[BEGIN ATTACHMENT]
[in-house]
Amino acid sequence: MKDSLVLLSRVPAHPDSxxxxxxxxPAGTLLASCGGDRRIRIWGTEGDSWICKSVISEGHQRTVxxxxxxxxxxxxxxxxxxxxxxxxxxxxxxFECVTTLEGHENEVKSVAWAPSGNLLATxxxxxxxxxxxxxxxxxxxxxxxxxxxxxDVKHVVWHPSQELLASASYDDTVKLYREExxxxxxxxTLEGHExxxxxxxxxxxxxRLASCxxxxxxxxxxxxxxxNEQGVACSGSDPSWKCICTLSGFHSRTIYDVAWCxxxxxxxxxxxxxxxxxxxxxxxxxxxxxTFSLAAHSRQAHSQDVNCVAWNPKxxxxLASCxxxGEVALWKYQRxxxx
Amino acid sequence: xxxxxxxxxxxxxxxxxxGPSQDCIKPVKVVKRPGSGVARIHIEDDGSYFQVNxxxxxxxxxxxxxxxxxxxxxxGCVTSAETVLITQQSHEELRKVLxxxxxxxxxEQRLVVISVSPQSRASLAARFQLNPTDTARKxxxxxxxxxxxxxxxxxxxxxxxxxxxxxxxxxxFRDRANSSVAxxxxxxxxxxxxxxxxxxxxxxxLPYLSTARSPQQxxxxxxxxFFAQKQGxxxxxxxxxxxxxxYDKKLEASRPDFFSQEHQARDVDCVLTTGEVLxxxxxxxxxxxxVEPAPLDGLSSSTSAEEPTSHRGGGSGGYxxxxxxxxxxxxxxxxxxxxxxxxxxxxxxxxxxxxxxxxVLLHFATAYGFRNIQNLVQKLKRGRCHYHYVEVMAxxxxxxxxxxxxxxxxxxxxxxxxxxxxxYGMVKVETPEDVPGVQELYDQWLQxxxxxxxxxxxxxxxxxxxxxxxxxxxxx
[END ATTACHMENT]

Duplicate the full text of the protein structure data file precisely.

[in-house]
Amino acid sequence: MKDSLVLLSRVPAHPDSxxxxxxxxPAGTLLASCGGDRRIRIWGTEGDSWICKSVISEGHQRTVxxxxxxxxxxxxxxxxxxxxxxxxxxxxxxFECVTTLEGHENEVKSVAWAPSGNLLATxxxxxxxxxxxxxxxxxxxxxxxxxxxxxDVKHVVWHPSQELLASASYDDTVKLYREExxxxxxxxTLEGHExxxxxxxxxxxxxRLASCxxxxxxxxxxxxxxxNEQGVACSGSDPSWKCICTLSGFHSRTIYDVAWCxxxxxxxxxxxxxxxxxxxxxxxxxxxxxTFSLAAHSRQAHSQDVNCVAWNPKxxxxLASCxxxGEVALWKYQRxxxx
Amino acid sequence: xxxxxxxxxxxxxxxxxxGPSQDCIKPVKVVKRPGSGVARIHIEDDGSYFQVNxxxxxxxxxxxxxxxxxxxxxxGCVTSAETVLITQQSHEELRKVLxxxxxxxxxEQRLVVISVSPQSRASLAARFQLNPTDTARKxxxxxxxxxxxxxxxxxxxxxxxxxxxxxxxxxxFRDRANSSVAxxxxxxxxxxxxxxxxxxxxxxxLPYLSTARSPQQxxxxxxxxFFAQKQGxxxxxxxxxxxxxxYDKKLEASRPDFFSQEHQARDVDCVLTTGEVLxxxxxxxxxxxxVEPAPLDGLSSSTSAEEPTSHRGGGSGGYxxxxxxxxxxxxxxxxxxxxxxxxxxxxxxxxxxxxxxxxVLLHFATAYGFRNIQNLVQKLKRGRCHYHYVEVMAxxxxxxxxxxxxxxxxxxxxxxxxxxxxxYGMVKVETPEDVPGVQELYDQWLQxxxxxxxxxxxxxxxxxxxxxxxxxxxxx